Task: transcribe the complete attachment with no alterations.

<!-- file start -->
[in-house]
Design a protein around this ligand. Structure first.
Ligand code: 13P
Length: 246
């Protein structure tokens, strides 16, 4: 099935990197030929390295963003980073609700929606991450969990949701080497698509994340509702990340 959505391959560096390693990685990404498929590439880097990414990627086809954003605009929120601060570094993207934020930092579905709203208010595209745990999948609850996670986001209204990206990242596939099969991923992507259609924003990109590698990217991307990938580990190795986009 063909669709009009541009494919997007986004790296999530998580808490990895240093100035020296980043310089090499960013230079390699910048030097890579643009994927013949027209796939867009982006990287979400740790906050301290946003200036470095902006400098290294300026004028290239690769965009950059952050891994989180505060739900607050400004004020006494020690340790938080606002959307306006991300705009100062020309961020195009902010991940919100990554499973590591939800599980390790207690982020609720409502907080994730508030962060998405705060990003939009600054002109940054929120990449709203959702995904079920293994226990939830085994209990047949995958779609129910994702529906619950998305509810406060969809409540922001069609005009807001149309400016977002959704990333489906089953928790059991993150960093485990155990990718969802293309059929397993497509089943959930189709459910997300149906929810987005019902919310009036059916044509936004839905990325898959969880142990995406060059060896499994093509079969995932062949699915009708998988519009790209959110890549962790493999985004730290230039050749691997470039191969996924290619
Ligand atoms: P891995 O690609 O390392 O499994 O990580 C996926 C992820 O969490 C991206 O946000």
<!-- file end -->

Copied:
[in-house]
Design a protein around this ligand. Structure first.
Ligand code: 13P
Length: 246
């Protein structure tokens, strides 16, 4: 099935990197030929390295963003980073609700929606991450969990949701080497698509994340509702990340 959505391959560096390693990685990404498929590439880097990414990627086809954003605009929120601060570094993207934020930092579905709203208010595209745990999948609850996670986001209204990206990242596939099969991923992507259609924003990109590698990217991307990938580990190795986009 063909669709009009541009494919997007986004790296999530998580808490990895240093100035020296980043310089090499960013230079390699910048030097890579643009994927013949027209796939867009982006990287979400740790906050301290946003200036470095902006400098290294300026004028290239690769965009950059952050891994989180505060739900607050400004004020006494020690340790938080606002959307306006991300705009100062020309961020195009902010991940919100990554499973590591939800599980390790207690982020609720409502907080994730508030962060998405705060990003939009600054002109940054929120990449709203959702995904079920293994226990939830085994209990047949995958779609129910994702529906619950998305509810406060969809409540922001069609005009807001149309400016977002959704990333489906089953928790059991993150960093485990155990990718969802293309059929397993497509089943959930189709459910997300149906929810987005019902919310009036059916044509936004839905990325898959969880142990995406060059060896499994093509079969995932062949699915009708998988519009790209959110890549962790493999985004730290230039050749691997470039191969996924290619
Ligand atoms: P891995 O690609 O390392 O499994 O990580 C996926 C992820 O969490 C991206 O946000």